Leukemia can't stop Santa from his rounds
Richard Therrien is spending this holiday season dressed as Santa and making appearances at the Artists’ Exchange in Cranston, the Trudeau Center in Warwick, and private homes.
He’s spent the past year dealing with a cancer diagnosis given by doctors in March, but that hasn’t slowed down Therrien who says he’s blessed to be Santa.
“Now is the time to give more to the people who need,” he said in a break from festivities at Artists Exchange on Saturday.
Therrien first realized something was wrong in February when he had a blood test that showed his white blood cells were very low. It took about five weeks for doctors to finally realize what the problem was.
He was diagnosed with an extremely rare form of leukemia. So rare, in fact, that doctors believe only one other person in Rhode Island has it. The type of leukemia is actually unknown to doctors, making Therrien’s fight with it an especially difficult process.
To combat it, he was first given the Xarelto medication, a blood thinner. But Therrien said that the drug was more harmful than anything else.
“That really put me out. I was like a baby when I was on the medication. My wife would have to help me. Have you ever seen a mouse push an elephant up a hill?” he quipped about the help he needed from his wife of 61 years, Jane, when he was on this medication.
Because of the negative effects, doctors put him on Hydoxyurea, a drug used to treat leukemia. That pill was set at 1,500 milligrams per day, and that ended up being even worse for Therrien.
“That almost killed me,” he said. “That put me down to where I couldn’t even recognize my wife. I lost total concept of who I was, who I lived with, or where I lived.”
After realizing the horrible effects the drugs had on him, his wife got him into Miriam Hospital, which started giving him blood transplants to help his blood count of healthy white blood cells. The first dosage they gave him was two and a half pints of blood.
He said that the blood transplants have been the “salvation” for him in helping to recover.
“The extra fresh blood gave me the chance,” he said. “It’s been keeping me going.”
He’s been getting gallons of blood since, and six weeks ago he decided that he had enough of the medications, getting rid of all medications at this time. He’s stuck only to the blood transplants since, and his health has been improving because of it, he said.
The health improvements have come at just the right time, too, as Therrien has holiday duties to attend to this December. The 84 year old has been playing the role of Santa Claus since 1982, while he was still working for New England Telephone, which he retired from in 1989.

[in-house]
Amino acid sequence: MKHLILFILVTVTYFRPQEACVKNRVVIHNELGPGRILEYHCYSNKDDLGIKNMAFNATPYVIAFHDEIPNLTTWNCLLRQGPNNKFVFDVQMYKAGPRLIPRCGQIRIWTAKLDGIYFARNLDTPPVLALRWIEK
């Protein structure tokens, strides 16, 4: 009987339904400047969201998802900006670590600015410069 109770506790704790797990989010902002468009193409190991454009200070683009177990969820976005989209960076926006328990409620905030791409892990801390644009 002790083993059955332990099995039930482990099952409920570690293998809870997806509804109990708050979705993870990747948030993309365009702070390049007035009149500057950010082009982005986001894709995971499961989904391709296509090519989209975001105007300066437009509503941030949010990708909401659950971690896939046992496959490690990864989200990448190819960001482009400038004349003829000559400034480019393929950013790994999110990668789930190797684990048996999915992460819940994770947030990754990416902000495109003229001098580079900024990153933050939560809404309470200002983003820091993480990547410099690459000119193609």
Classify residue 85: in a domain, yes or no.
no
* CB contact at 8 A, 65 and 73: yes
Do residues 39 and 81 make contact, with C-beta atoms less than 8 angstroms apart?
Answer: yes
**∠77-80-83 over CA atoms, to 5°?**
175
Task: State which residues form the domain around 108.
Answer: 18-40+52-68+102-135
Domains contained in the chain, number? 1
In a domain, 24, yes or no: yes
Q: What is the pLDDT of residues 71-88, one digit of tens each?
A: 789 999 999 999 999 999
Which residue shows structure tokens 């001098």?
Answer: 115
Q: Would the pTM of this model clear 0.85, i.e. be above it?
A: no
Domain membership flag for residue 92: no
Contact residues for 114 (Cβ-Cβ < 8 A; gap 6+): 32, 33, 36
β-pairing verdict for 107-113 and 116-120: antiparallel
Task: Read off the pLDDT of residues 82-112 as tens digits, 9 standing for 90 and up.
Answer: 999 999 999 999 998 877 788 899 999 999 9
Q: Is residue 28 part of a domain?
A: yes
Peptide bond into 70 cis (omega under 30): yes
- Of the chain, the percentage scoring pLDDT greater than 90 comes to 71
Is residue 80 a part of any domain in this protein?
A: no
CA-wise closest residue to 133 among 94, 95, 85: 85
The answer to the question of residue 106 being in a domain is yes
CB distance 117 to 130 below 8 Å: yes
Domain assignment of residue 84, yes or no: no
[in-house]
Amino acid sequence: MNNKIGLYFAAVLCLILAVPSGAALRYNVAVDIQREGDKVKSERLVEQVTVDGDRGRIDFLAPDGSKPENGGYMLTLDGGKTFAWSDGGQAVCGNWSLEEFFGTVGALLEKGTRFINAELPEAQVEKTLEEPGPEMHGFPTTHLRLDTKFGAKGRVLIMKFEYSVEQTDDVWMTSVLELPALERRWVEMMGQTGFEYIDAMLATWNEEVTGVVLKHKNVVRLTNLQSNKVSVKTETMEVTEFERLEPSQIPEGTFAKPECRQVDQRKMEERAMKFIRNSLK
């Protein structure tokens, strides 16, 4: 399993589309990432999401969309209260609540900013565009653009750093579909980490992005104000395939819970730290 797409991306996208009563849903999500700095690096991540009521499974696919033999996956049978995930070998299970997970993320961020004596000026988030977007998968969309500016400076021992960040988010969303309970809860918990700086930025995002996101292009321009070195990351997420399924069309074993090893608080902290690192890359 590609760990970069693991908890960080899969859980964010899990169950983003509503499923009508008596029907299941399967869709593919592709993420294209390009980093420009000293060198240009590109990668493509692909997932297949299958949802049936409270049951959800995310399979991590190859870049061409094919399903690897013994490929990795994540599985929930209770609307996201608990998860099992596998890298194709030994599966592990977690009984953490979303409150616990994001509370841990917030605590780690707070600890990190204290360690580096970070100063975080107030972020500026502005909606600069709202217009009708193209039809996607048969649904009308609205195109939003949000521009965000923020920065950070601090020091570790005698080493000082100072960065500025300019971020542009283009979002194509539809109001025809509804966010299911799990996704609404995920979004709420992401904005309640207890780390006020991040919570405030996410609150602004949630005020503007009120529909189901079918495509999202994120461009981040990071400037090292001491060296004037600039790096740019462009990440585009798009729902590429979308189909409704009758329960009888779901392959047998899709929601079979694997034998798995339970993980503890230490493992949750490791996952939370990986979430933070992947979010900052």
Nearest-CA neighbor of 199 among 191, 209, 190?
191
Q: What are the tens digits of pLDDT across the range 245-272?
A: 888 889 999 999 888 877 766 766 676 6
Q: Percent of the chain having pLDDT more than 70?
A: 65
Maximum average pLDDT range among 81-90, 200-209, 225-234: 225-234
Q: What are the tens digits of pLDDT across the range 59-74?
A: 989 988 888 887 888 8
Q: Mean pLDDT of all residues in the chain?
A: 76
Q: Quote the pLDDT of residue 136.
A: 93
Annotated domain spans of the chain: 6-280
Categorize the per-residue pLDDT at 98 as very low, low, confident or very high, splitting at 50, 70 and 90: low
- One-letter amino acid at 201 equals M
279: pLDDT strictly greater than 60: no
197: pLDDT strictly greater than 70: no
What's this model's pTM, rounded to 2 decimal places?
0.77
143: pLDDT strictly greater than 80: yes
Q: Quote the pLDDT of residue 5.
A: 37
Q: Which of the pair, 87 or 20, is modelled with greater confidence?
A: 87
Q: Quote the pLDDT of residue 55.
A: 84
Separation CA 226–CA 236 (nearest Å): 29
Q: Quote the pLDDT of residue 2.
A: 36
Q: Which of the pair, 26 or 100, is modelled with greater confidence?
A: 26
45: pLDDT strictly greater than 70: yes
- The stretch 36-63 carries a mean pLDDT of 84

“I’ve been everywhere since then,” he said about playing Santa all around Rhode Island.
“Everywhere” includes the women’s resource center in Providence, which he went to for many years because he “can’t take it to see a man beat up a woman.” He also went to the Kent Regency Nursing Home from 2003 to 2008.
He has been going to the Trudeau Center since 2006 and will continue that this year, in addition to the Artists Exchange in Cranston, which he has been going to during their gingerbread house event since 2015.
In addition to these locations, Therrien makes a strong effort to make home visits for families who are on welfare. He’s worked with welfare groups in the cities of Cranston, Providence, and West Warwick to ask if anybody needed some holiday cheer. He found out which families had young children and made home visits dressed as Santa.
This year he’s toned it down, since he doesn’t know what his health will be like on a daily basis. He’s also wary of human contact, since colds can have an especially harmful effect on his health as he battles leukemia. He wears a small mask underneath his beard for breathing, he said.
But he’s made sure to get out there this year to his “old favorites” because of how important playing Santa is to him.
“It means the world to me,” he said. “It’s my holiday. I’m so happy to see children or adults smile and just say ‘thank you Santa’ or want a hug. It’s the greatest feeling in the world. When I leave I feel like I’m a real champ.”
He’s so popular at the Trudeau Center, he said, that he now needs four ‘bodyguards’ to protect him when he walks in.
“I go from 5 foot 9 to 6 foot 10. The minute I touch my chair they run to sit on the floor. They’re so happy to sit there and wait to have their name called. I give them all a gift because that’s what Santa Claus does. They’re just so thrilled.”
He’s doing his Santa duties this year with quite the weight on his shoulders, as doctors have told him that with leukemia you never know what’s going to happen; it could “take a jump and choke him at any time.”
He doesn’t have a prognosis right now. He’s just trying to make it through each day.
The Scituate resident of 46 years has lived a full life, he said, but to him there’s always more time to give back to others, which is why he’s continuing to make such an effort to get out there as Santa Claus this year.
“God has been good to me, and if I can give a little back to other people and make their lives more enriched then that means the world to me.”